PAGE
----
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Alternative forms[edit]


From Middle English throte, from Old English þrote, þrota, þrotu (throat), from Proto-Germanic *þrutō (throat), from Proto-Indo-European *trud- (to swell, become stiff). Cognate with Dutch strot (throat), German Droß (throat), Icelandic þroti (swelling), Swedish trut.



throat (plural throats)

  1. The front part of the neck.
    The wild pitch bounced and hit the catcher in the throat.
    • 1910, Emerson Hough, chapter 1, in The Purchase Price:
      Serene, smiling, enigmatic, she faced him with no fear whatever showing in her dark eyes. [] She put back a truant curl from her forehead where it had sought egress to the world, and looked him full in the face now, drawing a deep breath which caused the round of her bosom to lift the lace at her throat.
  2. The gullet or windpipe.
    As I swallowed I felt something strange in my throat.
  3. A narrow opening in a vessel.
    The water leaked out from the throat of the bottle.
  4. Station throat.
  5. The part of a chimney between the gathering, or portion of the funnel which contracts in ascending, and the flue.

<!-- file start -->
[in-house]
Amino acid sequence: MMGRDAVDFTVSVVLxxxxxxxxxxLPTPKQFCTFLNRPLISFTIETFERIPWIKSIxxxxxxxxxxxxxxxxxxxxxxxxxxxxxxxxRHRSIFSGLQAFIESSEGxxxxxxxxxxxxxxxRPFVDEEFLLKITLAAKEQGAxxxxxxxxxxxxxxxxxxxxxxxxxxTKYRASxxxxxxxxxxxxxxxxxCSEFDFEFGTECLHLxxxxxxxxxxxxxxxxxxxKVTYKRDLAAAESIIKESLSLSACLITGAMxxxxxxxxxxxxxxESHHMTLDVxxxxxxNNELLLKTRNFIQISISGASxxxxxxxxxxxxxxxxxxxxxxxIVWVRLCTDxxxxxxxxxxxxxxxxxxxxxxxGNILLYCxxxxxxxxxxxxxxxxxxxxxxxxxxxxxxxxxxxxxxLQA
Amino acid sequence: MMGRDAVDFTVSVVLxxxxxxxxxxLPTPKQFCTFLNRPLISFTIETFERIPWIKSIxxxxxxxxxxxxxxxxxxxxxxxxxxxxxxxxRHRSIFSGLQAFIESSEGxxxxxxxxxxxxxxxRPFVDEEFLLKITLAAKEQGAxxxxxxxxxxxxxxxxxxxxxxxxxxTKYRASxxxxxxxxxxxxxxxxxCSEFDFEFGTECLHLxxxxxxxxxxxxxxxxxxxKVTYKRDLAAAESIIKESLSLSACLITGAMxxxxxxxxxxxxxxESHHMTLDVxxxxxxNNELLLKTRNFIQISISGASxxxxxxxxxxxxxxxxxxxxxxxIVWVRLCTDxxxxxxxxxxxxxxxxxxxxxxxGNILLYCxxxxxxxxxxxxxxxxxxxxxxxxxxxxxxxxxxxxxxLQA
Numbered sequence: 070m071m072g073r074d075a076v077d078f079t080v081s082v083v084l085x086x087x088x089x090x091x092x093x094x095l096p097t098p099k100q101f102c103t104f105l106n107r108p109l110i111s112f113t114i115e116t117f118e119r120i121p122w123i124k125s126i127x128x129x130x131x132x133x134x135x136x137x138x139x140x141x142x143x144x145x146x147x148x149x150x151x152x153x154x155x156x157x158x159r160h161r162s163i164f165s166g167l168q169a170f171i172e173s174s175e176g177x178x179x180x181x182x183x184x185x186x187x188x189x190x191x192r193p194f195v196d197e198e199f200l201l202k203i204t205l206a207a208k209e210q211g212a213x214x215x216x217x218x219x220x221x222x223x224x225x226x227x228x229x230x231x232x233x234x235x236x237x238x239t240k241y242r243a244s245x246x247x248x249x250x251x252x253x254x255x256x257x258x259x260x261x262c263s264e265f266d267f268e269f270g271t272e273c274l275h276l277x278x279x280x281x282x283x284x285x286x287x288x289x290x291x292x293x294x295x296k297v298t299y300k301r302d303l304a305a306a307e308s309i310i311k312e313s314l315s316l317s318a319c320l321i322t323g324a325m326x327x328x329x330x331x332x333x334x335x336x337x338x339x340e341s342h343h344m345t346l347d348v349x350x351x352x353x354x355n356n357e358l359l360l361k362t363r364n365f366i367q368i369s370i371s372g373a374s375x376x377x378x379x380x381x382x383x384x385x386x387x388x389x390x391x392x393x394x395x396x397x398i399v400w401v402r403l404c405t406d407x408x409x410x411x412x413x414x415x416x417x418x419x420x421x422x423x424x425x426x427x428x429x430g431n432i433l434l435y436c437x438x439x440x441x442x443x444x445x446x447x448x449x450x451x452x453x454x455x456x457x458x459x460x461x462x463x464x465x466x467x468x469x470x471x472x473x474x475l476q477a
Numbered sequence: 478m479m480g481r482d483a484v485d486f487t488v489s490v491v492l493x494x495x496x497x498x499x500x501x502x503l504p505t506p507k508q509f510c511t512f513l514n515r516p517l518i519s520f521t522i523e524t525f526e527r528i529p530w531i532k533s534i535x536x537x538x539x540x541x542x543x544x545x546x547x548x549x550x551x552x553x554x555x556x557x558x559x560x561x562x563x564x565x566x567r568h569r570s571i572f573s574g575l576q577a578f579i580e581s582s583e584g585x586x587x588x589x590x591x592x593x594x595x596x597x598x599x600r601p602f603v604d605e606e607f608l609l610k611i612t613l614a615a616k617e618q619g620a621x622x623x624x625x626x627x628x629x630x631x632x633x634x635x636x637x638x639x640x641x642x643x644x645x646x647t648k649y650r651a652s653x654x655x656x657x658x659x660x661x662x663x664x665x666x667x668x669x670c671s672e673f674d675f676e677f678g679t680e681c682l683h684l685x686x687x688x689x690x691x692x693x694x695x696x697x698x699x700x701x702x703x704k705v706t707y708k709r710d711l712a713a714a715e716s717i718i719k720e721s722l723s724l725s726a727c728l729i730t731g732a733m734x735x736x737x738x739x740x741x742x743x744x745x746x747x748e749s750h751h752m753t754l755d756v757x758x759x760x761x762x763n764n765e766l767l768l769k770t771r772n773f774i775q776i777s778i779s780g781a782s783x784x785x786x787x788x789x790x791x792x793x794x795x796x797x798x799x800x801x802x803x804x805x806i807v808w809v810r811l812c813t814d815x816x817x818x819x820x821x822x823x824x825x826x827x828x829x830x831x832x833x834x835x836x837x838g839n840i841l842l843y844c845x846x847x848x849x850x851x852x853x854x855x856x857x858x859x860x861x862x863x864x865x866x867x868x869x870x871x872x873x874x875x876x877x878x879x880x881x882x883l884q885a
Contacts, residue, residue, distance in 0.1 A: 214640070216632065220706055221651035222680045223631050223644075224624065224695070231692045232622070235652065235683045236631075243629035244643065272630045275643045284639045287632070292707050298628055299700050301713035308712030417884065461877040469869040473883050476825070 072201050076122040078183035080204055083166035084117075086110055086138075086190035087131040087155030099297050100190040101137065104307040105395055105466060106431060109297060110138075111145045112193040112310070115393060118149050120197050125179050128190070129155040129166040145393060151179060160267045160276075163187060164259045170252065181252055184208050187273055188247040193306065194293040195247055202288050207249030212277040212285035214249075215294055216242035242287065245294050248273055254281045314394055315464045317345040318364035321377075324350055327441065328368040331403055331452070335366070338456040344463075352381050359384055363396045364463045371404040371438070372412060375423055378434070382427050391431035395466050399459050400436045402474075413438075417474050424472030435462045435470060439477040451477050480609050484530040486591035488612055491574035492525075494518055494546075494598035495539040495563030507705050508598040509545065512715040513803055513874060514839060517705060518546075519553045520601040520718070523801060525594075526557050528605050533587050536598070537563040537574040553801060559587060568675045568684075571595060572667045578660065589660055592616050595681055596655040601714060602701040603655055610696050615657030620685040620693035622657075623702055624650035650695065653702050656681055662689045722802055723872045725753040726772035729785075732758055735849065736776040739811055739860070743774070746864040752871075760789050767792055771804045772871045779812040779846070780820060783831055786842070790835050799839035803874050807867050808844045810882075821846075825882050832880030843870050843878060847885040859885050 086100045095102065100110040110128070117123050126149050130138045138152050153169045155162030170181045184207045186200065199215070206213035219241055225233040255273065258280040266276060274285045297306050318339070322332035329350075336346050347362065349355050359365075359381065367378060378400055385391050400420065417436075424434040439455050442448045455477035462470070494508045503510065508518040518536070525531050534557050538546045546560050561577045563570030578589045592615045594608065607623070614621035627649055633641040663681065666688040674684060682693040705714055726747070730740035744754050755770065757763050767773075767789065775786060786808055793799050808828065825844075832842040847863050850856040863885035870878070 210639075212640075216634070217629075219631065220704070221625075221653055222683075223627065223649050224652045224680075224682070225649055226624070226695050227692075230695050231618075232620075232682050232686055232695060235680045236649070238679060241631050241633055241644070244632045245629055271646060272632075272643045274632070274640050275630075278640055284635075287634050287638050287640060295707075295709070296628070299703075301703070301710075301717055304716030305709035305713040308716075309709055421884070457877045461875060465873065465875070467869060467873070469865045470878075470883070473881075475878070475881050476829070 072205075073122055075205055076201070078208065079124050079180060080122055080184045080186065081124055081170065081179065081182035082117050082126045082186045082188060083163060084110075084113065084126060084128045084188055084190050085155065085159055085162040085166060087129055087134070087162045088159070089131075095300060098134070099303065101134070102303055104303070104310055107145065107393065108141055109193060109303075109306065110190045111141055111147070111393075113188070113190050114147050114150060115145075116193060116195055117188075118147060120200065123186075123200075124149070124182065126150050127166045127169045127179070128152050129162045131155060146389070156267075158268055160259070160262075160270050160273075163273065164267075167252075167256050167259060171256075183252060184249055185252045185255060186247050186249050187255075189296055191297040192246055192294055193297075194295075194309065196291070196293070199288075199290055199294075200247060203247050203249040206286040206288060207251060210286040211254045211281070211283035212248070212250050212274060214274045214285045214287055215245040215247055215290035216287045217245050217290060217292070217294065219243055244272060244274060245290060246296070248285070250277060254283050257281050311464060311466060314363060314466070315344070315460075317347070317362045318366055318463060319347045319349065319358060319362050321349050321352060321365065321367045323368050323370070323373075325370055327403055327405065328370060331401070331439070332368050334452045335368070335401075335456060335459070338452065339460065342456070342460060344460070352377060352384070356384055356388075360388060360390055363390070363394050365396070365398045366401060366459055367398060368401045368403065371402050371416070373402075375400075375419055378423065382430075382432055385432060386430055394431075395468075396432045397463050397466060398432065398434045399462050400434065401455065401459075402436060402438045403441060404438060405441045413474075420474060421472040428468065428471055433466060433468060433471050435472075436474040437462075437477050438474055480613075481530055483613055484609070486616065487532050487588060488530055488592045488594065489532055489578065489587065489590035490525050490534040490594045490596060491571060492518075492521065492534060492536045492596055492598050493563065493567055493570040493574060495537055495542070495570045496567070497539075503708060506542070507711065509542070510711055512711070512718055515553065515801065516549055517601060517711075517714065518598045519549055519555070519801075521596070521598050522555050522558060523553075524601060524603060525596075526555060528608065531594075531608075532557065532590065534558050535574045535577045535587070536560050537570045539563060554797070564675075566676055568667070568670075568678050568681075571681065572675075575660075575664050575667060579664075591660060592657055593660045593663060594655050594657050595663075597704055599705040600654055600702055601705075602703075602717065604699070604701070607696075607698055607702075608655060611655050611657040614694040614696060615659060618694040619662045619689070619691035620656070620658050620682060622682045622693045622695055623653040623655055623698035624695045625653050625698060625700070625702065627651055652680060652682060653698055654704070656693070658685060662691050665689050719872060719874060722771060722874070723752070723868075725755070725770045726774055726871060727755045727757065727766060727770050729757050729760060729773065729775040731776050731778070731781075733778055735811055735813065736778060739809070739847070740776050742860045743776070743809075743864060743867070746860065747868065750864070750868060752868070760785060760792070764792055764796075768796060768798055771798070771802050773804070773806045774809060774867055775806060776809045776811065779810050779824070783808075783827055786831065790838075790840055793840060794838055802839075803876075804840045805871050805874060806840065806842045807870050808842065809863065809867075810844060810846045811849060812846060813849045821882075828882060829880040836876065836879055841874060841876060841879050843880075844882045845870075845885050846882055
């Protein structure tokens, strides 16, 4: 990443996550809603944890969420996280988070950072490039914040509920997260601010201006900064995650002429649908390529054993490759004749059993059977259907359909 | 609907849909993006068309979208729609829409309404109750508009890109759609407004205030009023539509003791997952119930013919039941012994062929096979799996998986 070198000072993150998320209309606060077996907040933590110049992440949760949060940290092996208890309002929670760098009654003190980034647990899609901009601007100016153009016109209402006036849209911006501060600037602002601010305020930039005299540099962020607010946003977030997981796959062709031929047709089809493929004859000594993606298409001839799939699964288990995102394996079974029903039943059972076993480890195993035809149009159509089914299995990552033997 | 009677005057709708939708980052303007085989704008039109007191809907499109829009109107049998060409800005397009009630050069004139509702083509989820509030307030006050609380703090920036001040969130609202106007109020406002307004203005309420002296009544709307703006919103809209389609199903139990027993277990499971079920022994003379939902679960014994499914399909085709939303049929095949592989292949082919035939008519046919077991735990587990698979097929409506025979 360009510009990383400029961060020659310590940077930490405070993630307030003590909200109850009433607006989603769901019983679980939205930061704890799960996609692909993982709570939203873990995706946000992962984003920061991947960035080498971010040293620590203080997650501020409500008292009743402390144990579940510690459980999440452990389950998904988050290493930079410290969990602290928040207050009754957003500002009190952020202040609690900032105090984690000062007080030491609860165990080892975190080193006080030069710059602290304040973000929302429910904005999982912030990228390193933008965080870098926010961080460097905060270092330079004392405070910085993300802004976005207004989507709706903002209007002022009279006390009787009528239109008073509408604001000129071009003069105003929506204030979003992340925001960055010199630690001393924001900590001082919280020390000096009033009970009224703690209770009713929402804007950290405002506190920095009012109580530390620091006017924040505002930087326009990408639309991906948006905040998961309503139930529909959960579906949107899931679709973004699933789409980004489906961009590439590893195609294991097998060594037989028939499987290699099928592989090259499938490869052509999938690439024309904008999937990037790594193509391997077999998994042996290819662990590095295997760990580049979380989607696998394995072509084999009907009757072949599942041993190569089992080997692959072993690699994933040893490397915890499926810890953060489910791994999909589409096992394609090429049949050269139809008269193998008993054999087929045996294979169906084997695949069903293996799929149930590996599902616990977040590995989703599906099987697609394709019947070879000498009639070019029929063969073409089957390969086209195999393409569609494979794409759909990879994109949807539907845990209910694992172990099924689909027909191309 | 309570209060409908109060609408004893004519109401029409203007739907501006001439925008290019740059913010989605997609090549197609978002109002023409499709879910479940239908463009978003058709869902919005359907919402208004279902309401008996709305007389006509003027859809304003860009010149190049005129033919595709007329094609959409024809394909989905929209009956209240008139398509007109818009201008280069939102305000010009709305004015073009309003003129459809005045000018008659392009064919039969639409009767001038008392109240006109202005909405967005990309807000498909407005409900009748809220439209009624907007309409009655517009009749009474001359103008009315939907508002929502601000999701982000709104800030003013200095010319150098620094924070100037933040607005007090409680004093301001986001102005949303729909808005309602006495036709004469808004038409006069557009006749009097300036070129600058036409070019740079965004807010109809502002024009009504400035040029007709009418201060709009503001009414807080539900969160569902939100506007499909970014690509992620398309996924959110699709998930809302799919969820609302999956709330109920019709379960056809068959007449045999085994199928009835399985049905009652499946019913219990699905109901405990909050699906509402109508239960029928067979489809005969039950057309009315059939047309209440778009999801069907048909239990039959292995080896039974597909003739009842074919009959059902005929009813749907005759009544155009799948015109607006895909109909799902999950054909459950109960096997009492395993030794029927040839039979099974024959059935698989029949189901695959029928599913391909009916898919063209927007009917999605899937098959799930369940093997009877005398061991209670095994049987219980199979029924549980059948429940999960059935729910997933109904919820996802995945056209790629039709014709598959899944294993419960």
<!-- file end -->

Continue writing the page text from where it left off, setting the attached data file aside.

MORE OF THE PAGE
(Can we find and add a quotation of Gwilt to this entry?)
  6. (nautical) The upper fore corner of a boom-and-gaff sail, or of a staysail.
  7. (nautical) That end of a gaff which is next the mast.
  8. (nautical) The angle where the arm of an anchor is joined to the shank.
    (Can we find and add a quotation of Totten to this entry?)
  9. (shipbuilding) The inside of a timber knee.
  10. (botany) The orifice of a tubular organ; the outer end of the tube of a monopetalous corolla; the faux, or fauces.


Derived terms[edit]

Related terms[edit]


The translations below need to be checked and inserted above into the appropriate translation tables, removing any numbers. Numbers do not necessarily match those in definitions. See instructions at Wiktionary:Entry layout#Translations.


throat (third-person singular simple present throats, present participle throating, simple past and past participle throated)

  1. (obsolete) To utter in the throat; to mutter.
    to throat threats
    (Can we find and add a quotation of Chapman to this entry?)
  2. (Britain, dialect, obsolete) To mow (beans, etc.) in a direction against their bending.

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